From the way it looks on the outside to what comes out from the inside, women have been taught to feel ashamed of their vaginas. A study surveying 3670 women found that 48% of women worry about what their vagina looks like, and 36% are unhappy with it. An even more shocking statistic is that 72% of women use porn as a reference point to determine what is considered a normal/desirable vagina! These numbers are simply a reflection of a sad reality – the taboo perception of having conversations about vaginas is leaving most women confused, misinformed, and hating their perfectly NORMAL bodies.
If we want to change this, we need to normalize these conversations. Vagina talk doesn’t need to be sexual or gross – let’s just say it like it is. If you haven’t already, make sure to read my blog post debunking vaginal odor HERE. Today, I’m talking about yet another vaginal topic that not only gets a bad rep but also tends to be discussed behind closed doors, in the gynaecologist’s office – VAGINAL DISCHARGE.
YOUR VAGINA IS SELF CLEANING
First of all, vaginal discharge is essential to your body and it’s there for a damn good reason! Discharge is a byproduct of your vagina’s magical self-cleaning system – so you can toss out all those floral scented vaginal washes and douches! The discharge helps maintain pH and clears away bad bacteria and dead cells, preventing infections. Since the vagina is heavily influenced by your hormones, it is completely normal to experience a variance in the amount, consistency and color of your discharge throughout the month!
THE DIRECTOR: YOUR HORMONES
You may have noticed that you have more discharge on some days than others and that some days your discharge is thick and opaque and some days it’s runny and clear. All of this is normal and actually indicates what stage your body is in during your menstrual cycle.
- The first day of your menstrual cycle is marked by the first day of your period. The first few days after your period are considered your “dry” days, you may notice you have very little to no discharge these days and may even experience some irritation from the dryness. This is all due to the low amounts of estrogen and progesterone in your body right after your period.
- A few more days later, as hormone levels rise, you may notice thick “sticky” discharge that’s white/pale yellow in color.
- As hormone levels continue to rise and your body prepares for ovulation, you may notice the discharge consistency has shifted from thick to “creamy”.
- Around mid cycle, approximately 1-1.5 weeks after your period you will see “egg white” discharge. A very clear and runny fluid, slimy to touch. This is the point in your cycle when your body is ovulating or releasing an egg to be fertilized. This discharge has a very specific purpose- to get you pregnant! “Egg white” discharge is the perfect consistency to help the best sperm swim to your egg! You may want to stock up on condoms or schedule a date night, depending on your goals!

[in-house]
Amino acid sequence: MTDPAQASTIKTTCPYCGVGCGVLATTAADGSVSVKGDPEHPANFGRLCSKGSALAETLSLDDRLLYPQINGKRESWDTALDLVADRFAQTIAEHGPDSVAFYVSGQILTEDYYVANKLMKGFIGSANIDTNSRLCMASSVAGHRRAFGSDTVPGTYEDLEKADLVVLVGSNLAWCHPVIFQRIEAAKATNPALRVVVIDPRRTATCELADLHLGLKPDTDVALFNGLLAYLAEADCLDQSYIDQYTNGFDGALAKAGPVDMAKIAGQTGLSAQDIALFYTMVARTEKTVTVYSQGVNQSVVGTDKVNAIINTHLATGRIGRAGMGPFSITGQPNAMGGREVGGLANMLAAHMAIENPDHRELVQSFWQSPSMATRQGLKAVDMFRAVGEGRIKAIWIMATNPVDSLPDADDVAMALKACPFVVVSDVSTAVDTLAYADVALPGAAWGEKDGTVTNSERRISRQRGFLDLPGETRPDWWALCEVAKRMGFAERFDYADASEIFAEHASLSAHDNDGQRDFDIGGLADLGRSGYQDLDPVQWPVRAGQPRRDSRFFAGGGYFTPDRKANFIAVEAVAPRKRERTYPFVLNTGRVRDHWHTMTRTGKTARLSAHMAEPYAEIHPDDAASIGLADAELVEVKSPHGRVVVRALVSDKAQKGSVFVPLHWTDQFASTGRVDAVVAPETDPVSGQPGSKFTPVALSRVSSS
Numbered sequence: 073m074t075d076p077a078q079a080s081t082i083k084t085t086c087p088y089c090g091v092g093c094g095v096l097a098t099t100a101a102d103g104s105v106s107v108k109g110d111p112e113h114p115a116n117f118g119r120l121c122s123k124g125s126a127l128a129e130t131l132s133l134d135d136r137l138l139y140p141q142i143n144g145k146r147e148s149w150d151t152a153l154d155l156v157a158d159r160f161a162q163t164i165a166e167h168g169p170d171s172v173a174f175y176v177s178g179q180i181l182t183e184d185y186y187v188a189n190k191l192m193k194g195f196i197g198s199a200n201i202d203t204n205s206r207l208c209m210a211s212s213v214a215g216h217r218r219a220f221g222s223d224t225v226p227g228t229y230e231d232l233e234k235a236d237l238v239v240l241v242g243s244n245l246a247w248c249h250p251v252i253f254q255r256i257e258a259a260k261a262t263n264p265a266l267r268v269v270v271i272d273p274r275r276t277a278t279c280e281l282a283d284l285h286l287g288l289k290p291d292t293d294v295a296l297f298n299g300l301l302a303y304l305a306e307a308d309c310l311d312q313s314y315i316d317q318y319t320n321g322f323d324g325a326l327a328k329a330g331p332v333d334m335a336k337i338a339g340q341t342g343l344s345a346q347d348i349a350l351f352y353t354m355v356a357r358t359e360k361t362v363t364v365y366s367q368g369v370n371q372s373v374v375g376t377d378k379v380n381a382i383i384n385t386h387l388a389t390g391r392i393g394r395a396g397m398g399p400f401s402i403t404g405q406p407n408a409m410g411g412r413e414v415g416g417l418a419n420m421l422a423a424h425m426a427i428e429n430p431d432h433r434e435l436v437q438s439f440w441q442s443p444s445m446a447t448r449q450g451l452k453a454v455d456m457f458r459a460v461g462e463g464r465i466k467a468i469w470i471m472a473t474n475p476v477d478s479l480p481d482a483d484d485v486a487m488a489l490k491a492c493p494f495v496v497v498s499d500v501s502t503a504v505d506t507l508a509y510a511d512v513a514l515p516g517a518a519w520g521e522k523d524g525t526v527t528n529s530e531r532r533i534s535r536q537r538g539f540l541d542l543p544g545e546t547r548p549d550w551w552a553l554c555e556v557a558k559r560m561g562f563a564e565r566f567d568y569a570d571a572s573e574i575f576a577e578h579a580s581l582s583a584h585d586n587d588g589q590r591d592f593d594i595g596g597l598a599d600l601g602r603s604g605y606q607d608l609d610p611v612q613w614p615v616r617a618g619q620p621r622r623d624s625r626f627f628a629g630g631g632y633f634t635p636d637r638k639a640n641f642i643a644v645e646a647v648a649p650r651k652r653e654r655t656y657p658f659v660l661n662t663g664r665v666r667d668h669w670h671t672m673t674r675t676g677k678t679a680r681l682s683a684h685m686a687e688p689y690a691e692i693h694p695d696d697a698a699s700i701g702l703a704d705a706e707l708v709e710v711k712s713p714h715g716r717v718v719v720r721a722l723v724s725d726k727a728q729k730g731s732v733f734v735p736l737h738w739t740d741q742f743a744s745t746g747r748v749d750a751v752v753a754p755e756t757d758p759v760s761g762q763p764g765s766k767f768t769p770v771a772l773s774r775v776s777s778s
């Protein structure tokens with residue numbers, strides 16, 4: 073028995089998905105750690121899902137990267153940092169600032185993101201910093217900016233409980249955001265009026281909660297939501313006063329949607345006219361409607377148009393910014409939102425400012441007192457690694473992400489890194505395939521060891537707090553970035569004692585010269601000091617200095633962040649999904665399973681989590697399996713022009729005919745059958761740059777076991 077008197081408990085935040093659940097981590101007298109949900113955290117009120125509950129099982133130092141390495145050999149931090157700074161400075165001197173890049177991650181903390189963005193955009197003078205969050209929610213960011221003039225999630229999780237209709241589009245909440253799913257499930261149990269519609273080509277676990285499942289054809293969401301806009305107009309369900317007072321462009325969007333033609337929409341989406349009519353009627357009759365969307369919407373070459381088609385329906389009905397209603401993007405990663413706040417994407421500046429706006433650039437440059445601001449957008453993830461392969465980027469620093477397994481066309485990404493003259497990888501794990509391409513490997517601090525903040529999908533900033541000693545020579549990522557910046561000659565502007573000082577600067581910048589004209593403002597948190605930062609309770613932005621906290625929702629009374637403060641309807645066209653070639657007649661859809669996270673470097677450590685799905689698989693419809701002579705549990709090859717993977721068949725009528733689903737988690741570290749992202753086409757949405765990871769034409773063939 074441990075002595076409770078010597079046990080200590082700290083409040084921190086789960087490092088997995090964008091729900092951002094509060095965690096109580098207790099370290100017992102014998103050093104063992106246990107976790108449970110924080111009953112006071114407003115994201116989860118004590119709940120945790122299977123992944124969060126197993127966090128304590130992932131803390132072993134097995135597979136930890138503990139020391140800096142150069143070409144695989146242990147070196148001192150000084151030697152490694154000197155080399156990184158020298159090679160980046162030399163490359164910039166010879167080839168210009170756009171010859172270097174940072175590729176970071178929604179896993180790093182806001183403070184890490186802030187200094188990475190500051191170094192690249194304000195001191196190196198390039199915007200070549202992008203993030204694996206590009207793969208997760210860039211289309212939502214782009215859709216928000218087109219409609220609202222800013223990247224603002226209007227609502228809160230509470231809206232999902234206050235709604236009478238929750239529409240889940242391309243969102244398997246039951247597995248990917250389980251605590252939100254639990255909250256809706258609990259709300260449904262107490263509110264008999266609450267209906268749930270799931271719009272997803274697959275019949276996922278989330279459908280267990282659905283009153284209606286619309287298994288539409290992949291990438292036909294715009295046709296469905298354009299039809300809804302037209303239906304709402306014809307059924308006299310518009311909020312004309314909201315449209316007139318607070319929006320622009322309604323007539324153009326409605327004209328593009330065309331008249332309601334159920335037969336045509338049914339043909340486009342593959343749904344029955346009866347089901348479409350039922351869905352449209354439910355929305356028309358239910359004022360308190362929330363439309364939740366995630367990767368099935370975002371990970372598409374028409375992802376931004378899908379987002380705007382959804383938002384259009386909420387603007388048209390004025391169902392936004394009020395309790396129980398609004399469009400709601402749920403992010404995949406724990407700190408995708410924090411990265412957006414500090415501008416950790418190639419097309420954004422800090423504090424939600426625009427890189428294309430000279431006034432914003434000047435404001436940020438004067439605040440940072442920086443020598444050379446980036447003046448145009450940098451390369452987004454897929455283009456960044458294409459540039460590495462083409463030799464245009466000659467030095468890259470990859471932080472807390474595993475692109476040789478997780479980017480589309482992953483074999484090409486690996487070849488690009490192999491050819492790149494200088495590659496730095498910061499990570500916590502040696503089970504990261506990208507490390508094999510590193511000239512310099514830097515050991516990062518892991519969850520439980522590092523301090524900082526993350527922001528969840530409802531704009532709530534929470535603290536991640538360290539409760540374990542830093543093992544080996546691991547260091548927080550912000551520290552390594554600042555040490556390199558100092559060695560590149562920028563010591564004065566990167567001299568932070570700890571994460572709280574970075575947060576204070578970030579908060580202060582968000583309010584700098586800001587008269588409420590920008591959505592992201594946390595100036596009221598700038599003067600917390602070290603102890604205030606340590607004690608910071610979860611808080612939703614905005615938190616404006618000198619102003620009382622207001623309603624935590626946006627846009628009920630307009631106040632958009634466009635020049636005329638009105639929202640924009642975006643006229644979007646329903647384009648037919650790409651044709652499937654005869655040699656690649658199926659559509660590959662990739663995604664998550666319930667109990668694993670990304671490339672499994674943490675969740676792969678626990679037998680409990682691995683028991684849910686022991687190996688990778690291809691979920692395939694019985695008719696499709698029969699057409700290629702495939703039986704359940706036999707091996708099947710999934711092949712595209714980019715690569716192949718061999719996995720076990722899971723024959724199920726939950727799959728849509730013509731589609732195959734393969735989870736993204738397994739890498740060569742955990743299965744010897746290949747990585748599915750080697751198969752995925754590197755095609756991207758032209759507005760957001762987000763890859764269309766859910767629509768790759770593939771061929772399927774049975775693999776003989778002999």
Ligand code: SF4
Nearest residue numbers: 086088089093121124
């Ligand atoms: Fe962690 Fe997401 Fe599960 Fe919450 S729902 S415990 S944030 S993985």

- 2-3 days after ovulation, your discharge will return to being thick and “sticky” and white/pale yellow in color. And if the whole sperm and egg dating game didn’t work out then you’ll get your period and the whole cycle will start again!
Now, there are several factors that could result in different discharge than described above but still be normal. Having sex actually increases your amount of clear “runny” discharge whereas hormonal forms of birth control such as the pill or IUDs, actually increase the amount of thick “sticky” discharge. Some other factors that can affect your discharge are stress, dehydration or taking antibiotics.
THE “NORMAL” MYTH
Actually, “normal” is kind of hard to define when it comes to vaginal discharge because there isn’t really such a thing as a normal vaginal discharge. A quick Google search may tell you normal discharge is clear or creamy white and isn’t smelly, but that’s not always or even often the case.
According to a literature review published in 2004, not only can “normal” vaginal discharge vary, but it can also be smelly and “unpleasant” and some women can also experience irritation, even if their vaginas are perfectly healthy. The researchers of the review also found a lot of disagreement on what normal discharge looks like among patients diagnosed with vaginitis (vaginal infection/inflammation) and their colleague doctors, and found conflicting adjectives in medical textbooks, such as white, grey, yellow, clear, clumpy, thin, cream, semisolid, to describe normal discharge.